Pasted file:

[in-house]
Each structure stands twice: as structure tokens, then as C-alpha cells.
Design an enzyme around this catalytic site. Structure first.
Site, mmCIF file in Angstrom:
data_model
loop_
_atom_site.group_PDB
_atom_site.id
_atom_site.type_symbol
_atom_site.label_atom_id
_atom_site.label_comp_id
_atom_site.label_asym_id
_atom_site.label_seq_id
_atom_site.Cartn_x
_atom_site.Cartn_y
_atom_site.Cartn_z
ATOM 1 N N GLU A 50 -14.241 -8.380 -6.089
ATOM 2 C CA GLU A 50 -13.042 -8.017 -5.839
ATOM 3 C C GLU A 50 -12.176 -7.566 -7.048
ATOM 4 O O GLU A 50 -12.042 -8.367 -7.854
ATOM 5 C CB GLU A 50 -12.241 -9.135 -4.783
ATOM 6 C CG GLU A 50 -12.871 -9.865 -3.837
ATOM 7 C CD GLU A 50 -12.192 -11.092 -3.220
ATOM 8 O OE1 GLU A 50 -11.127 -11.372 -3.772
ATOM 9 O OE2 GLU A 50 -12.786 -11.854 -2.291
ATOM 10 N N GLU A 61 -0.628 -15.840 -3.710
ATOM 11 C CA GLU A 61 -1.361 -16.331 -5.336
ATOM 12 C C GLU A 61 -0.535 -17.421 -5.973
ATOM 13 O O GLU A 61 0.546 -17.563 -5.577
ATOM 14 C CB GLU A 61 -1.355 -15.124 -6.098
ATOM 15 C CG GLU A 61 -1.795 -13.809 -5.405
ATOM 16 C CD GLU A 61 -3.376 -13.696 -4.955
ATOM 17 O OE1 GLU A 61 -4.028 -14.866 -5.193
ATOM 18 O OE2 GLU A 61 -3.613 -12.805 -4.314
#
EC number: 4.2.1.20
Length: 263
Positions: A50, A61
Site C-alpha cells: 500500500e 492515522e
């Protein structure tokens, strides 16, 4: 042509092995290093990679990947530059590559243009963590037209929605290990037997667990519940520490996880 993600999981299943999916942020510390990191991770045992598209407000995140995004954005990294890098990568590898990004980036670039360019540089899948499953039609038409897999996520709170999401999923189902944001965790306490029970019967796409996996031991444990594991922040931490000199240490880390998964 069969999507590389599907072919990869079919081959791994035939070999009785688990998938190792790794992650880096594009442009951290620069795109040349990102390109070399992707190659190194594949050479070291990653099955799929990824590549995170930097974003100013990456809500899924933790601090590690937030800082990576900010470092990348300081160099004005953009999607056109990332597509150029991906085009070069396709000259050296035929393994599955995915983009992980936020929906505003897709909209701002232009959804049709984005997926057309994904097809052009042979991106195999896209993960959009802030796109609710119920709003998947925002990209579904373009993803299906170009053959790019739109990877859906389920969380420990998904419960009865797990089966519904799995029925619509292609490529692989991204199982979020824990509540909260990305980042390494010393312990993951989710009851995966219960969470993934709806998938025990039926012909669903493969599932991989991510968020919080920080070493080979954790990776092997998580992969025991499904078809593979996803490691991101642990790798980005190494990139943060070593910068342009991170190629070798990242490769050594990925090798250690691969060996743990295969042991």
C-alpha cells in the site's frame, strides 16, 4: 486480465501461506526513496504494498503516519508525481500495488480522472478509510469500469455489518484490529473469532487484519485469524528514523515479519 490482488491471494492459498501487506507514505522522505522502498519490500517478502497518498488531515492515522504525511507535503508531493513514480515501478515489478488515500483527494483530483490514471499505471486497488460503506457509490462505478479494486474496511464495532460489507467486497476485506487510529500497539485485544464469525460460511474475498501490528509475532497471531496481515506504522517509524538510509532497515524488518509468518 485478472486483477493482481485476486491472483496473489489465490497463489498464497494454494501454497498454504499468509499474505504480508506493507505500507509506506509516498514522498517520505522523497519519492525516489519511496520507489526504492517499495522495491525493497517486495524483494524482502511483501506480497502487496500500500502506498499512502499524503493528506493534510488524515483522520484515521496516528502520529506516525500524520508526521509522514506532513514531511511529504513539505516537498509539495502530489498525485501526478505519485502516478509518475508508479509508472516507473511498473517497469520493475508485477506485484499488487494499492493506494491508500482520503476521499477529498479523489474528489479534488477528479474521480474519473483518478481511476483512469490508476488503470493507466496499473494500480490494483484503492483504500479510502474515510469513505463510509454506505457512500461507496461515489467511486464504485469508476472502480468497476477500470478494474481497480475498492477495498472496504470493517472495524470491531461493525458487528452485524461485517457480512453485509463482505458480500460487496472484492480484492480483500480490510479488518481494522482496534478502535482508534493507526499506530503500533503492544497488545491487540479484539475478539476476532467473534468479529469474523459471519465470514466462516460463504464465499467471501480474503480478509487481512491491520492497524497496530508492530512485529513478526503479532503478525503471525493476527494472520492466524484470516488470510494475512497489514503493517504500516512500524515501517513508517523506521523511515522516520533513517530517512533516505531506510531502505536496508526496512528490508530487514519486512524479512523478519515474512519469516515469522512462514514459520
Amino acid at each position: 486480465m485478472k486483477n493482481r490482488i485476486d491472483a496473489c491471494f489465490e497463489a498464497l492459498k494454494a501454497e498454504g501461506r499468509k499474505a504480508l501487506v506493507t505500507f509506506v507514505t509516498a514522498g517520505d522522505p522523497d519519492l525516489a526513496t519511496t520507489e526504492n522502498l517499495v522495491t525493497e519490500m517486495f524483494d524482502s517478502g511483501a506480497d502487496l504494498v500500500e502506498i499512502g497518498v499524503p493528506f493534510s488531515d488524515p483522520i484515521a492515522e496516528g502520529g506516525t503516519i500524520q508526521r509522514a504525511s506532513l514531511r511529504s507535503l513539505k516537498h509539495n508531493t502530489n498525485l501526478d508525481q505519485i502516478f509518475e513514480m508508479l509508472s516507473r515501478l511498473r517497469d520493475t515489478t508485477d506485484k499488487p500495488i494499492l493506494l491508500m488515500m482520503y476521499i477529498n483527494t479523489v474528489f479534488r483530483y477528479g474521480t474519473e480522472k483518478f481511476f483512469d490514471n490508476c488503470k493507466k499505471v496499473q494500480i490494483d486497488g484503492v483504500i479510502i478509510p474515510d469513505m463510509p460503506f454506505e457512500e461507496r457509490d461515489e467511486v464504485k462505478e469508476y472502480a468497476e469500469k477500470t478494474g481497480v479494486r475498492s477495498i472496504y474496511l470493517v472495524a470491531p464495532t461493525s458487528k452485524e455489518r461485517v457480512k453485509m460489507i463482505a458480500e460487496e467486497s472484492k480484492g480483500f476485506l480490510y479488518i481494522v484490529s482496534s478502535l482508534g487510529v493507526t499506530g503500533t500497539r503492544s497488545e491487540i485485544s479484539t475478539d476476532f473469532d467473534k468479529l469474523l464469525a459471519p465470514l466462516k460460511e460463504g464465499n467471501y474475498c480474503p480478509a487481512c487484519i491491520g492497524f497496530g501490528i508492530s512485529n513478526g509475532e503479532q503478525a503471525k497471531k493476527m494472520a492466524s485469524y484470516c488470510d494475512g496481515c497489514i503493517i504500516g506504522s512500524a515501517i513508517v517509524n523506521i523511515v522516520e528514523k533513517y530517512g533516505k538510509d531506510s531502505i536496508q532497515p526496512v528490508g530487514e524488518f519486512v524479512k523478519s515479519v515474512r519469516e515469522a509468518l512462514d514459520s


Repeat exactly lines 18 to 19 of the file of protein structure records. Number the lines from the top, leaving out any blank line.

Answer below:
ATOM 2 C CA GLU A 50 -13.042 -8.017 -5.839
ATOM 3 C C GLU A 50 -12.176 -7.566 -7.048